Good, dirty fun. George Clooney is a much better director than Clint Eastwood, but he gets no respect. I don’t get it. He makes small, intelligent films with complicated characters. What’s not to like? The Ides Of March is a zippy, nasty little movie about the queasy filth that is politics; well directed, elegant and with a splendid cast. Why doesn’t Clooney get the love, I don’t know. He has the good sense of hiring Paul Giamatti, Marisa Tomei, Phillip Seymour Hoffman, Jeffrey Wright, a stellar cast, all excellent. And he is not even the main character. He plays a Democratic presidential candidate named Mike Morris, but the main role belongs to Morris’ strategic advisor, Stephen Meyers, played by Ryan Gosling.
Gosling is very good. He starts out as a brilliant strategist who also happens to believe in his candidate, until his heart is broken by disillusionment and betrayal, of his own doing. He makes the grave mistake of listening to the siren’s call of Paul Giamatti, who is the campaign manager of Morris’ adversary. Nobody in this movie is pure. Everybody makes mistakes and craves either sex, money or power. But in campaign politics mistakes of a human nature are costly because everything is a front. It’s all about appearances. Everything appears to be immaculate, but everything is tainted in some way or another. In order to win, people resort to bad tactics. Integrity is impossible.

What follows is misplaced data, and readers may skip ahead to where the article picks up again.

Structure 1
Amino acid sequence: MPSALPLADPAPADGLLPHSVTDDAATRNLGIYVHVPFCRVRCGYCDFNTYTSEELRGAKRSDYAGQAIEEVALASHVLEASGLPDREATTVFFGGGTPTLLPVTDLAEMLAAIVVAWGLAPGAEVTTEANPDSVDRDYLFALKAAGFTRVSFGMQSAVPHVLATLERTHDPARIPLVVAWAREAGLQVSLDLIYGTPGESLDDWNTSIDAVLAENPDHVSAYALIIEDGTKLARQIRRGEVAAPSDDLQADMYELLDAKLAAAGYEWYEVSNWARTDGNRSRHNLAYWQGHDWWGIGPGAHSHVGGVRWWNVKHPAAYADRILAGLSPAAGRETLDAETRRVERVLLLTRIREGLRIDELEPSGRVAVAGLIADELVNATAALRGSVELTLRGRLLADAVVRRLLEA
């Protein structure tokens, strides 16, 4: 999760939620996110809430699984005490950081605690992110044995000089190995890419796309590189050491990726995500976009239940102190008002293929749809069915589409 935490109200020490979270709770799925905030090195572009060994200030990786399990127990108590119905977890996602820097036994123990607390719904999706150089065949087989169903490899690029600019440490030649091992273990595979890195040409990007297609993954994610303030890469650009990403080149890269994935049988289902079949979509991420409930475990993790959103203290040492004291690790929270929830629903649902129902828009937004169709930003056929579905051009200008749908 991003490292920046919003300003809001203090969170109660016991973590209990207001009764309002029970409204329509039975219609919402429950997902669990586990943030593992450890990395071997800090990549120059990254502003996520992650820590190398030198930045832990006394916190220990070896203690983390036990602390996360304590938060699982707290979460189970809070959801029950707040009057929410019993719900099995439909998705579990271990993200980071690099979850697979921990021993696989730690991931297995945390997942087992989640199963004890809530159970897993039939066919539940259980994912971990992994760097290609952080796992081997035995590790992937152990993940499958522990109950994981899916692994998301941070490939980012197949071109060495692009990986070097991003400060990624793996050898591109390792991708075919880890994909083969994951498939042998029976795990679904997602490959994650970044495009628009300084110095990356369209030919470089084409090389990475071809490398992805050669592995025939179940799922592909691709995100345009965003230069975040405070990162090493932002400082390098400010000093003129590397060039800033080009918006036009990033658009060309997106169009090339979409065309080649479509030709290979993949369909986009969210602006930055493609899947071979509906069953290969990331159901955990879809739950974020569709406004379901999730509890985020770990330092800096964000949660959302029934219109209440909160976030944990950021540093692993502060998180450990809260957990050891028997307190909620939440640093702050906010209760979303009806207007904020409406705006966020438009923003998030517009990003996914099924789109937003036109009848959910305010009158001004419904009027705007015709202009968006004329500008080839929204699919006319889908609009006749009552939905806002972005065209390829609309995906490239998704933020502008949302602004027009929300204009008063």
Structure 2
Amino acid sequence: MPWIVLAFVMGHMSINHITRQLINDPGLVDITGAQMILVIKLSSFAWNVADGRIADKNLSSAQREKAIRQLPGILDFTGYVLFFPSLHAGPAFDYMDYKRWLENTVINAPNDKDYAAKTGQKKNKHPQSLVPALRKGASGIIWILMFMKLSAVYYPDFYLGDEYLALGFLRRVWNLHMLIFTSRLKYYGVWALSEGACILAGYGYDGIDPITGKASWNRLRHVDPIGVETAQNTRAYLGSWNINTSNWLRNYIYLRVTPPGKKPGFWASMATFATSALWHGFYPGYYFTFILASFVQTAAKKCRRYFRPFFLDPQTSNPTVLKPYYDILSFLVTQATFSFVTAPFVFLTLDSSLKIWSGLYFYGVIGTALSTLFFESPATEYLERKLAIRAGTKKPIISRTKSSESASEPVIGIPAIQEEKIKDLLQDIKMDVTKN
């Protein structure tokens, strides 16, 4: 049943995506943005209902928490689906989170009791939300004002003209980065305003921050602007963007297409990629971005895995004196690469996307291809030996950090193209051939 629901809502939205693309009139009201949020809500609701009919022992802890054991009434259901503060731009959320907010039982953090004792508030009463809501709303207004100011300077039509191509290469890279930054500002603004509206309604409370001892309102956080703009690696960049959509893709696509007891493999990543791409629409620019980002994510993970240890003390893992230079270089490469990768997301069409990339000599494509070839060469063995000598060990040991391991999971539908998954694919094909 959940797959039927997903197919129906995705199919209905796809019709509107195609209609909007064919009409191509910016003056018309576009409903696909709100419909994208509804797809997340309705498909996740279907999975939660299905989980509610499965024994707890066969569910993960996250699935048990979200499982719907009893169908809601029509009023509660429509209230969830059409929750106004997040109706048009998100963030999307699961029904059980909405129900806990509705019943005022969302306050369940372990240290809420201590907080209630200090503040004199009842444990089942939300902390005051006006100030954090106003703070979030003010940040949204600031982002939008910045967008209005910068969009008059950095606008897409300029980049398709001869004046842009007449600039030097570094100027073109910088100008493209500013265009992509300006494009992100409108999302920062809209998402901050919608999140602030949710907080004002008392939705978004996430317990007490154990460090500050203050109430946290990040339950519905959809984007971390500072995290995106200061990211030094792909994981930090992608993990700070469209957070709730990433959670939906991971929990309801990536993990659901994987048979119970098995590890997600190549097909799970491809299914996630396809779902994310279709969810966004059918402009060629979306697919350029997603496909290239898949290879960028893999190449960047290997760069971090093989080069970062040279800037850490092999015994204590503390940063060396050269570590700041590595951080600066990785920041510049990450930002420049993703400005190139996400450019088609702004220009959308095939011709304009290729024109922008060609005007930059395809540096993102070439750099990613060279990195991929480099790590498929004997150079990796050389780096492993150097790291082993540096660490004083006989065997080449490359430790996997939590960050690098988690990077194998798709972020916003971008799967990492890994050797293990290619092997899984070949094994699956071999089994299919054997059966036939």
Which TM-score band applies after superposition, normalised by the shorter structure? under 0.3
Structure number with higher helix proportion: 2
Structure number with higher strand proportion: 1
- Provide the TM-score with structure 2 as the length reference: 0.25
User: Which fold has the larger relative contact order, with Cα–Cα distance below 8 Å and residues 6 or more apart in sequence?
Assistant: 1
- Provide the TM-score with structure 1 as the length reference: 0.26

Yes, the plot points strain credulity. For those of us who would not touch politics with a ten foot pole it’s hard to believe that victories are achieved through extorsion; that Ida Horowitz, a journalist for the NY Times (Tomei, encased in boxy coats, glasses and Uggs, and still sexy), would threaten to run a damaging piece in exchange for information. That a Senator from North Carolina (Jeffrey Wright) would demand to be Secretary of State in exchange for his crucial endorsement, that a simple little meeting of Gosling’s with Giamatti would make the entire house of cards collapse, and more fatally, that an intern (Evan Rachel Wood, better than usual) would find a tragic end over the appearance of impropriety. But somehow, these excesses are forgivable because the movie zips along, the cast is fantastic, including Clooney, who’d be my real president in a heartbeat, and because Gosling’s dilemma is very compelling. The movie works because it holds steadfast to its own theory: that politics are dirty and ruthless. It does not change its mind and decides to appease anybody’s moral conscience or make the audience feel good. Stephen Meyers is an antihero who ends up getting what he wants, by losing everything that is important and not at all in the way he wanted it. Gosling convincingly transforms himself from an enthusiastic believer to a bitter, cynical man bent on revenge. A smart, brittle film. Very enjoyable.